Were the Conservatives paying for my advice (they’re not; I don’t shill the party line so I’m not on their radar either) I’d say announce a leadership review before coming back — execute it would be even better. Harper needs to face the music for risking the party’s position.

    Were the NDP listening to me (they’re not either) I’d say this had been a real coup for them, but if they use it to put forward the same-old, same-old as before they will not only lose their opportunities, they will actually lose seats. You want to become the other party in a basically two party (BQ excluded) setup? Occupy all of Bob Rae’s position and maybe a little further.

    As for the BQ, they don’t need advice. But I’ll give them some anyway: if your goal is to ultimately lead Québec to become a nation-state (rather than just une nation dans le Canada), be prepared to be called “Separatists”. After all, it’s the right word to describe your project, and hardly an insult to speak the truth.

    Finally, the Greens: instead of dancing at the Senate door, the Greens should have been all over the place this past week showing that they mattered — not in the coalition and with alternatives to put on the table. But Ms. May only concerned herself with her own welfare and once again abandoned her party. So get rid of her and get a real leader who will build the Green Party.

  9. bluegreenblogger

    I think that perhaps all of the above should be paying for your’ advice! As far as the Greens go, I have an advantage over you, I’ve been intimately involved with organizing for years, and have access to data, and the ‘players’ therein.


    I caused a lot of consternation when I suppoted Elizabeth May for the leadership. In all honesty, I locked down support for her that turned the leadership camapign into a rout. Perhaps it was a mistake, because she ignored my advice to share power with those experienced organizers who supported David Chernushenko. (Including David). My arguments are still valid. The GPC got small amounts of positive press for their good policy, but it was really dispiriting to fight elections without any effective media presence. Many media outlets really love Elizabeth, and the GPC is guaranteed an Air War with her as a leader. We were then building a respectable ground organization, and she would have complimented it admirably. The problem is that she pissed off the ground war team, and we swapped an organization for a media presence. She isn’t stupid though, and now that she’s actually been through an election, she might still fix the organizational problems.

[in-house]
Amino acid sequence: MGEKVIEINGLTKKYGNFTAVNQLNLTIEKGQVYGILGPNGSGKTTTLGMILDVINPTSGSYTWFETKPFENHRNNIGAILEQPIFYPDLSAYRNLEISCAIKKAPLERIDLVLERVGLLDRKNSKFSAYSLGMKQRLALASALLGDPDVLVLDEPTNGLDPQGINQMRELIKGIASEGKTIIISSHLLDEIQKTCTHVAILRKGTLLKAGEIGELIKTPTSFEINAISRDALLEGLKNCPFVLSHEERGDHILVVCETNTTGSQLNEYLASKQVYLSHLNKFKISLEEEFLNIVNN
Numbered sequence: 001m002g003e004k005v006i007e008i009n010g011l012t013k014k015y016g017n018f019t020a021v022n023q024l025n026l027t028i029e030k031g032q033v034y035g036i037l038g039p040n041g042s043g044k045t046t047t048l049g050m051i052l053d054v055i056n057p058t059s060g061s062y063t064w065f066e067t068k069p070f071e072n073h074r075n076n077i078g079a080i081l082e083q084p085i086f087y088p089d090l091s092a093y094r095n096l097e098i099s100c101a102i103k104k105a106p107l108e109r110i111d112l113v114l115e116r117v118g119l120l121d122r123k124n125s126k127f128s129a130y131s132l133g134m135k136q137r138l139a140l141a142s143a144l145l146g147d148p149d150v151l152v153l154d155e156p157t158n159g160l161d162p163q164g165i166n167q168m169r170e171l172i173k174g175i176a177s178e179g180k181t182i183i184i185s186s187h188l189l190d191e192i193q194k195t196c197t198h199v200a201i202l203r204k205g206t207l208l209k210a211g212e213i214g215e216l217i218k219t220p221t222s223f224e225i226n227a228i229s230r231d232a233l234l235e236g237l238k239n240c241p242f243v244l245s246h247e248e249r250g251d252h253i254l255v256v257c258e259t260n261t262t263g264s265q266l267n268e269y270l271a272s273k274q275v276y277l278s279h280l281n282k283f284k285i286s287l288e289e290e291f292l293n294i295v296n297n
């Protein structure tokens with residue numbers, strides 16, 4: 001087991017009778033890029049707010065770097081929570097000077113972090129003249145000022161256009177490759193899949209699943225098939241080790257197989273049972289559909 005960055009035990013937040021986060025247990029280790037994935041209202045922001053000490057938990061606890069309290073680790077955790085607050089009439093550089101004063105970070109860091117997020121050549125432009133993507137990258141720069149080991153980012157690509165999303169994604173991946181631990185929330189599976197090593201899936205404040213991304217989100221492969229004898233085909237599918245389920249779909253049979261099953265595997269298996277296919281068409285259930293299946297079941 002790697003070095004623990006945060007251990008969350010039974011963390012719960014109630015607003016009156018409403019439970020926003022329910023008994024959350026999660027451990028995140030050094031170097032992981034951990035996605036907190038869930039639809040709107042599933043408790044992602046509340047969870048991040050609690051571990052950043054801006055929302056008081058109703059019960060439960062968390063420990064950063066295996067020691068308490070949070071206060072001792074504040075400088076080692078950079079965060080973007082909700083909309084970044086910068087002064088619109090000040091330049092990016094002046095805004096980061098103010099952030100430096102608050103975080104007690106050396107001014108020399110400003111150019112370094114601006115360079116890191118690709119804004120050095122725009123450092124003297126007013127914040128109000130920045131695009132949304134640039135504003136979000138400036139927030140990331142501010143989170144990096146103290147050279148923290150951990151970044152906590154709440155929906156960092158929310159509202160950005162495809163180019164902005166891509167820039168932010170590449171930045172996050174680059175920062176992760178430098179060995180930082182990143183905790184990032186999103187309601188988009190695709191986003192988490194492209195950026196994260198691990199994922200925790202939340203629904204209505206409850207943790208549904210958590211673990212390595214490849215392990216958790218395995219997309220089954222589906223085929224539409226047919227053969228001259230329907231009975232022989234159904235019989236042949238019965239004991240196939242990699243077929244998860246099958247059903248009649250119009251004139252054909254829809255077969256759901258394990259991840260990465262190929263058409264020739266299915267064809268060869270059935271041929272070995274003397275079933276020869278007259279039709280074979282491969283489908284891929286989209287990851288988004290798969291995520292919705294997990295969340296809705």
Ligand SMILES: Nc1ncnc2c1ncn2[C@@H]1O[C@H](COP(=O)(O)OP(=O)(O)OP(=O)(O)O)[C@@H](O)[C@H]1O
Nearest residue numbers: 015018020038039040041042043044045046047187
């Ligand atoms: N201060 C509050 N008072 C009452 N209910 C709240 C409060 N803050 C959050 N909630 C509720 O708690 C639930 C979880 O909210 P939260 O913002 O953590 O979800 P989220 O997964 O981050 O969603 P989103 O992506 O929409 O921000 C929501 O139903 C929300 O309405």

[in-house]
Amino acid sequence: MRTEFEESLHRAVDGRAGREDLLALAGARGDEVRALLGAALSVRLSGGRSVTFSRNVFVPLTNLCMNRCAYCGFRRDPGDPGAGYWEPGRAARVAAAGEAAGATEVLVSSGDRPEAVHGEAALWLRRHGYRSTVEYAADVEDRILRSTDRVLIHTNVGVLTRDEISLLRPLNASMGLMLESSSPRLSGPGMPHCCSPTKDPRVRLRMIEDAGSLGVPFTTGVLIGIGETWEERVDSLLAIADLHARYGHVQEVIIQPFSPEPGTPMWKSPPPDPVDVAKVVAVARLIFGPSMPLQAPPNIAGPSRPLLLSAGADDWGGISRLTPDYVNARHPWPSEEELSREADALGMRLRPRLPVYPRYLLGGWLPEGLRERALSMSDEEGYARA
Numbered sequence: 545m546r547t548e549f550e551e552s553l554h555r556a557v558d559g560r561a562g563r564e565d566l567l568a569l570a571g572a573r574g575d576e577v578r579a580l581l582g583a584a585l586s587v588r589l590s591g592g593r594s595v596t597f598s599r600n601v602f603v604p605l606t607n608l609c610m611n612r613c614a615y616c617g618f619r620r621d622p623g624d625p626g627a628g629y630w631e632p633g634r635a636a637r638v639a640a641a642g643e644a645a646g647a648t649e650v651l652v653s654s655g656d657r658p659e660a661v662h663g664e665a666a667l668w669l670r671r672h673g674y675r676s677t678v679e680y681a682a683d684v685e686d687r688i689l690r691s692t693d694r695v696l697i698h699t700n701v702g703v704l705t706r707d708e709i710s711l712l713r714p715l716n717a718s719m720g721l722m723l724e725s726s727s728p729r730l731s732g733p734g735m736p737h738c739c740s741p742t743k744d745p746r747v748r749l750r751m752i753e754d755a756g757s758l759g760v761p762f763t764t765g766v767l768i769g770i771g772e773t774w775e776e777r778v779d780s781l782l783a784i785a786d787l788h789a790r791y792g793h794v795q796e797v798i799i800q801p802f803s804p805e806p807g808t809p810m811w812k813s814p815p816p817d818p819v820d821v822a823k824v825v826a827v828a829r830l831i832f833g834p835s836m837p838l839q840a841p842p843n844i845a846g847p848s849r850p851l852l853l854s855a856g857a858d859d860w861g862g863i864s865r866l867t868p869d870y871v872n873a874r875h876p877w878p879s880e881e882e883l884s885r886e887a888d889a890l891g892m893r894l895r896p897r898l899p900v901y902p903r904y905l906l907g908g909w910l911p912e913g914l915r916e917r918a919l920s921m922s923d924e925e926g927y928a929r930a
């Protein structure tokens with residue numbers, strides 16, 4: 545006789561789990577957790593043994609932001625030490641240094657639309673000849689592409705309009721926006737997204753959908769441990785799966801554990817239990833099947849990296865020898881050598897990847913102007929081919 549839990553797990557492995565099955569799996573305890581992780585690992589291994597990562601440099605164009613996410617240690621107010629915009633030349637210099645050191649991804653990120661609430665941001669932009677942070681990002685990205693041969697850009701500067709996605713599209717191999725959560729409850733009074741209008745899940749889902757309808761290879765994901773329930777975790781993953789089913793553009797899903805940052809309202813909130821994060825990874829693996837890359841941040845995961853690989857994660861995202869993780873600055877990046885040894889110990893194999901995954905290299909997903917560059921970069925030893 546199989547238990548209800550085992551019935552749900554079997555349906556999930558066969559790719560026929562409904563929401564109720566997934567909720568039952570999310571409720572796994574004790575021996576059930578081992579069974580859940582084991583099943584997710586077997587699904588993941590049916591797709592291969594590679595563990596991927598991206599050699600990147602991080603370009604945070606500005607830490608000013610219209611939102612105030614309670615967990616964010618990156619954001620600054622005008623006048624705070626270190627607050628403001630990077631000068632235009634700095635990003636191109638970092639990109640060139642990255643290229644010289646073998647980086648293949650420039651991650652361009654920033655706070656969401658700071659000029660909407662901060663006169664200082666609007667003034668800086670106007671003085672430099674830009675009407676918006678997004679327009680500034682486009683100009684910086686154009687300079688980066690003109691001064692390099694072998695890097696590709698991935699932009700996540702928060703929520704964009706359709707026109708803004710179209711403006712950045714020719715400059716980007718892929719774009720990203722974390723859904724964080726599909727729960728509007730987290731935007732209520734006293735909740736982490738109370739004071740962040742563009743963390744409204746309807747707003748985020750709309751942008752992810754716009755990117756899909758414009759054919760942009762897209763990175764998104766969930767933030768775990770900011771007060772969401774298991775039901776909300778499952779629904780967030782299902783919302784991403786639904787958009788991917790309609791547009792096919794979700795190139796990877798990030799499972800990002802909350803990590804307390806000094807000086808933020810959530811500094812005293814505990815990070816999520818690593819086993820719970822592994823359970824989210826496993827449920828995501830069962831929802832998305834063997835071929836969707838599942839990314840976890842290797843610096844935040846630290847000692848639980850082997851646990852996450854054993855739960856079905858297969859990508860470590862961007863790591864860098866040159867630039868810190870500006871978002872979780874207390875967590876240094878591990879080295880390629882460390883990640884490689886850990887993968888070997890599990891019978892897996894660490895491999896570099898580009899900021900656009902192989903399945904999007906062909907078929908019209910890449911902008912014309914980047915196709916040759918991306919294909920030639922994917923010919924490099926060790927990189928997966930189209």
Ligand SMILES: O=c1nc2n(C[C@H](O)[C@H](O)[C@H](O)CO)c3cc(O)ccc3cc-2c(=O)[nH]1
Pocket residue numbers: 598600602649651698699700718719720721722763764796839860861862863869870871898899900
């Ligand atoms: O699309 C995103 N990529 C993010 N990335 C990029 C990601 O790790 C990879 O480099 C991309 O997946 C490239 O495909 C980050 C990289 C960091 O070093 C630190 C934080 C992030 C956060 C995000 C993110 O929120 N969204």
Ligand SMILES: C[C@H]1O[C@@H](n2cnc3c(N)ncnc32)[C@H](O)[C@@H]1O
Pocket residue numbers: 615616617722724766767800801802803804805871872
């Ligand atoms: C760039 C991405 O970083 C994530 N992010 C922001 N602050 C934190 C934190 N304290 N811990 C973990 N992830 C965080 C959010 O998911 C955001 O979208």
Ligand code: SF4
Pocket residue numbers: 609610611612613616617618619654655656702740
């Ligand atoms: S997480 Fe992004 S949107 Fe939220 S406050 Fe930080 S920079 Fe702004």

10. Thank you for that vote of confidence!

    I agree wholeheartedly that Ms. May is good for the Green “air war”. But elections are won on the ground once the air war makes it possible. Strong organization is essential.

    Let us hope she either listens to this and acts upon it, or stands aside for someone who will put the package together.